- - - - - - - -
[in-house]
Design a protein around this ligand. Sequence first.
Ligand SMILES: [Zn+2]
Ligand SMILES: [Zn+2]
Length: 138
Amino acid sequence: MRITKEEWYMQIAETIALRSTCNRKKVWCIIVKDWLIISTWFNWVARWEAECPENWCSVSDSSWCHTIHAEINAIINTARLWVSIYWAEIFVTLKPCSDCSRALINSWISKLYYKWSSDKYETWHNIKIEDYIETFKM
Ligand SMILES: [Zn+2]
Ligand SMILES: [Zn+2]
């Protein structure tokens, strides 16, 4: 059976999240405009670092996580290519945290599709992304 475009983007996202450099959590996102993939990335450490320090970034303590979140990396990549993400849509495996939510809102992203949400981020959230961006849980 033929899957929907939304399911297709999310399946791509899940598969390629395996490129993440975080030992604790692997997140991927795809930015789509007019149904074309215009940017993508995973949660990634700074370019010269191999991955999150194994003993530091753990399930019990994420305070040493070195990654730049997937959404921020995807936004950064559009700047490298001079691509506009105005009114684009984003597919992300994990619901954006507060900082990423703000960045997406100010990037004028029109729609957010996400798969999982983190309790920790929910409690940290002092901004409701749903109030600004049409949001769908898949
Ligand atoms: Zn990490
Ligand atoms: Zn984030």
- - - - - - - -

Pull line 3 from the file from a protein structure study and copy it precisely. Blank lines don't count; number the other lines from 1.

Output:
Ligand SMILES: [Zn+2]